How you do it is not that hard. When you place ads, select people, interview people or whatever you do to recruit them, out questions about values to the top of the agenda. You can usually train people to do a job; but you can’t change their minds so easily.

Aren’t the mavericks you call on companies to recruit very difficult to manage?

Of course. In our gigs we use a picture of Richard Branson in a wedding dress. Too many companies are still turning down applications from Richard Branson types. They can’t cope with difference. Some can’t even contemplate difference.

If you want to find great people you’ve got to look in unusual places. Recruiting only from Harvard Business School or INSEAD, will result in a pretty homogeneous crowd. Cisco, for example, tries to find people at the Boston Marathon and the Mountain View International Microbrewery Festival. Mavericks rule. If you can’t manage them, your competitors will.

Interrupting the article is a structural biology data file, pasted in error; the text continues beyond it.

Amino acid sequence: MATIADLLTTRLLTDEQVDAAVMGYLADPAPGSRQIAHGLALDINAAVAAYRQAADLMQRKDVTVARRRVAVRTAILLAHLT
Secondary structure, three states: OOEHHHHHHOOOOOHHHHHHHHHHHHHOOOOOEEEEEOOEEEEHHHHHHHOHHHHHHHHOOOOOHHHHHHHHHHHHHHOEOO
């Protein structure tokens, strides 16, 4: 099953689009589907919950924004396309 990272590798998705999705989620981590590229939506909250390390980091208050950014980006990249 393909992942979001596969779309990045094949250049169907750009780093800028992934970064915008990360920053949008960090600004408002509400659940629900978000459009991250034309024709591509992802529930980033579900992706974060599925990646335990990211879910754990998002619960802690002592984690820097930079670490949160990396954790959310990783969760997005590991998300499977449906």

What’s going to happen to those who still aren’t convinced by the advantages of technology?

Let’s be absolutely clear about something: the global market economy of our times is neither good nor bad, right nor wrong – it just is. Market capitalism is a machine. But a machine does not have a soul. We have to develop this one together as we go along.

In order to get rid of that human shadow called poverty, we have to make up our minds as to what a good life is. Technology without ideology and values, does not produce much value. As noted by Charles Handy, the market is not a substitute for responsibility – merely a mechanism for sorting the efficient from the inefficient.

The so called digital divide is not a consequence of the technology as such, but rather of our inability to create a world where more people are given an opportunity to develop their talents. Never before in the history of mankind have we had so many potent tools that potentially enable us to build a better world and companies that are actually fun to work for, but it is up to us to create this future.